"Hitting a golf ball is like hitting anything else in that it cannot be hit hard or efficiently if it is behind the striker. He cannot reach back to get it without sacrificing a world of power. When a good swing starts down, everything ought to move together toward the
ball[positive move]. The left(front) heel should come down, the hips should SHIFT [tom's emphasis] forward, the arms and clubhead should move with the rest. If there is one single part of the mechanism moving in another direction, setting up a counterforce and partially
overcoming the force directed toward the ball, then the stroke will be inefficient, less powerful than it ought to be.

"This should not be hard to understand. No one would attempt to throw a baseball while reared back on his heels or to deliver a right uppercut while stepping away from his foe. Why,then, should he fling his left(front) foot at the water bucket when he tries to hit the golf ball ?"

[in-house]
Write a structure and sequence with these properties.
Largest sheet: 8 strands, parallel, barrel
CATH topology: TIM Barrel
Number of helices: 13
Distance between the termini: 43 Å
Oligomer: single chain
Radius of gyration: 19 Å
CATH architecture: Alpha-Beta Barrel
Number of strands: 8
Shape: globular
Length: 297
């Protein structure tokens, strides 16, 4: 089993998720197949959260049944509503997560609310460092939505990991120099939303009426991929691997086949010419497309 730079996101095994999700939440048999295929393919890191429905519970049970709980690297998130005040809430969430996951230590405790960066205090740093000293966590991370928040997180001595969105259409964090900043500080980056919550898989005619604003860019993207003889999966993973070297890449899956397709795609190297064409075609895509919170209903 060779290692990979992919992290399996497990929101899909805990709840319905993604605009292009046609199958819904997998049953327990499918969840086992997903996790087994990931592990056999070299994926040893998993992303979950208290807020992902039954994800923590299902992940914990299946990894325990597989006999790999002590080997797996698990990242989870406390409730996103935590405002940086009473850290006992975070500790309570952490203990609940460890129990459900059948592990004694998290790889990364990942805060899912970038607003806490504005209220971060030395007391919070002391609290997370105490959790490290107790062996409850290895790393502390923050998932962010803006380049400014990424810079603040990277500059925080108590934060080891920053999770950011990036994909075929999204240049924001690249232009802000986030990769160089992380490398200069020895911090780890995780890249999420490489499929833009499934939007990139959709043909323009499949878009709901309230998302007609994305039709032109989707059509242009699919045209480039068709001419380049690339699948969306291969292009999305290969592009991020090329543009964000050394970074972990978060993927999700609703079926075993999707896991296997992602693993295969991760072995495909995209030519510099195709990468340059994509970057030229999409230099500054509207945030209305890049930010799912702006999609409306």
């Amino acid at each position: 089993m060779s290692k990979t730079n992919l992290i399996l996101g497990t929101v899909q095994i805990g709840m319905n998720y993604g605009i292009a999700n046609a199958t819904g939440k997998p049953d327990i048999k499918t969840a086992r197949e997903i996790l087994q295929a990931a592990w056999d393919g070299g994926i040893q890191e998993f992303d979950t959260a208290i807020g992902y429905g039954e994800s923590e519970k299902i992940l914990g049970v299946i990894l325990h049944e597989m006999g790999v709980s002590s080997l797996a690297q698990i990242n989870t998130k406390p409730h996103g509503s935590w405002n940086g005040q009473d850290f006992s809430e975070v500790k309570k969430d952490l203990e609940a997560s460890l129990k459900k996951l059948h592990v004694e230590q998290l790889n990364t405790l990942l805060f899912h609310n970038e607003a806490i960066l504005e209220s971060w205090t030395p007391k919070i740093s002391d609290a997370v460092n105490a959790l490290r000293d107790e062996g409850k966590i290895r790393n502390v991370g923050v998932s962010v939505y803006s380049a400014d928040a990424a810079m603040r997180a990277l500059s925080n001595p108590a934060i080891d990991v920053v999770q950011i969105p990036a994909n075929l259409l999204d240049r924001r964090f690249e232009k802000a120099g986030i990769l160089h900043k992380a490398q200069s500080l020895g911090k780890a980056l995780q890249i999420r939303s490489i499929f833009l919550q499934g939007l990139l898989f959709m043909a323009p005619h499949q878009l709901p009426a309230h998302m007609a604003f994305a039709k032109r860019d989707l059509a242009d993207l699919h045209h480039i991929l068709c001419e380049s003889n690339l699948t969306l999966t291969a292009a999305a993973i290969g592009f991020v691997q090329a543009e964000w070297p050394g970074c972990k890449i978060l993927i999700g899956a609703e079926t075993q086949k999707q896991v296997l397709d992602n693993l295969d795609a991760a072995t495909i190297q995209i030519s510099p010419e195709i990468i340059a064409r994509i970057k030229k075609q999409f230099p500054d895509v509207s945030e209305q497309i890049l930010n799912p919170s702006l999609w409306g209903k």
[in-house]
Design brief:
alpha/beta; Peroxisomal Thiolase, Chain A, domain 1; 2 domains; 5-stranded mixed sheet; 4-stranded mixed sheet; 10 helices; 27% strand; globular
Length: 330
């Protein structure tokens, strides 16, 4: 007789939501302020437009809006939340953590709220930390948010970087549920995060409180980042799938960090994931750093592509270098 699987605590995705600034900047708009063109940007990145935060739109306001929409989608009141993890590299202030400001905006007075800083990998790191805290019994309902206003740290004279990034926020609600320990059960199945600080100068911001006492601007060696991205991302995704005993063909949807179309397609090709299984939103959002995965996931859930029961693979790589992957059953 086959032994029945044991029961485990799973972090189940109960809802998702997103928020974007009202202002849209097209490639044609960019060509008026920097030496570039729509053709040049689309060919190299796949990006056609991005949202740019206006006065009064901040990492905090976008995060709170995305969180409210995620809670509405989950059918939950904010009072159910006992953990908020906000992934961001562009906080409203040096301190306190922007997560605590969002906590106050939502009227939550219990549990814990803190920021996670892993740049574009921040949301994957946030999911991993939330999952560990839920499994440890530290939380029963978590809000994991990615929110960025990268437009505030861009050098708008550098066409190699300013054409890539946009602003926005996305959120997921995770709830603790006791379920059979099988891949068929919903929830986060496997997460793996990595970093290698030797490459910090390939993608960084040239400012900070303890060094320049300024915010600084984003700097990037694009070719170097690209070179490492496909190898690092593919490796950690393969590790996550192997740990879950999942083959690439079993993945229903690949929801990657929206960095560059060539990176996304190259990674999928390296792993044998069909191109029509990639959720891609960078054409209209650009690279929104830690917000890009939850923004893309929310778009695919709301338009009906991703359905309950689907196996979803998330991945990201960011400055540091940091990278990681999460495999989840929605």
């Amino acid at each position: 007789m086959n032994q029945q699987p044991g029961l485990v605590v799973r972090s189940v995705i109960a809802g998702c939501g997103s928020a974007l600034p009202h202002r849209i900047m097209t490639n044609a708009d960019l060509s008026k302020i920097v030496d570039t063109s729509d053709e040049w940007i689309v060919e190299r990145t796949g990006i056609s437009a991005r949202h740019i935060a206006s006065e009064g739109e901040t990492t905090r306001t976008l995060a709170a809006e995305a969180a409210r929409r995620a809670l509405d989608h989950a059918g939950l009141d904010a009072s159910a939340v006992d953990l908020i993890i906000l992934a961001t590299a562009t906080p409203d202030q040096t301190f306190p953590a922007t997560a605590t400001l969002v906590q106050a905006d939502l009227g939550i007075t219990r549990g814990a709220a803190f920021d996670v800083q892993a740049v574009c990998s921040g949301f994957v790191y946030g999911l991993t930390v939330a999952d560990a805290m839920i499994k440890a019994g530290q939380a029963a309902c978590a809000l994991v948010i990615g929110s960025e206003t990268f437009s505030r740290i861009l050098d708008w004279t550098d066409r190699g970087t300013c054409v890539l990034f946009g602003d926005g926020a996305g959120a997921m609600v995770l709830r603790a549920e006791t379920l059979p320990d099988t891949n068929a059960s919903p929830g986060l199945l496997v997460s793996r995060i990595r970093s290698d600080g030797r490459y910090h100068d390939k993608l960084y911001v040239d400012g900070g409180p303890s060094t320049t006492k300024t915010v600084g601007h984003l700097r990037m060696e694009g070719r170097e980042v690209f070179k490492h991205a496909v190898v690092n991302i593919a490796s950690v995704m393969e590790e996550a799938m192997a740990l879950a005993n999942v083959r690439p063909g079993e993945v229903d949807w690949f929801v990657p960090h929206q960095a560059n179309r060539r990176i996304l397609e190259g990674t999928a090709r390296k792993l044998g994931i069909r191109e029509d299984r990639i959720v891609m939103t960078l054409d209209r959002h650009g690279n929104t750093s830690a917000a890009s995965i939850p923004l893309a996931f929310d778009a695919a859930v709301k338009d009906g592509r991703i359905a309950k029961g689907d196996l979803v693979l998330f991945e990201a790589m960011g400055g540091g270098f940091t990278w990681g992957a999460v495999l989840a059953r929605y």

Regarding how much the feet carry weight,p.25:

"...The preponderance of weight must not be on the right(back) foot [in the stance].There should be an approximately equal division of the burden, but if either foot is to carry more,it should by all means be the left(front) foot. Regardless of what is said by those who like to talk about swaying, it is necessary in order to swing easily and rhythmically [swing needs to start with the turning back NOT the lift regardless of how short the turn back is] that there be an appreciable shift of weight successively back to the right(back) foot [negative move] in taking the club back and forward to the left in striking the ball. This cannot be done if the weight rests too much on the right(back) foot at the start."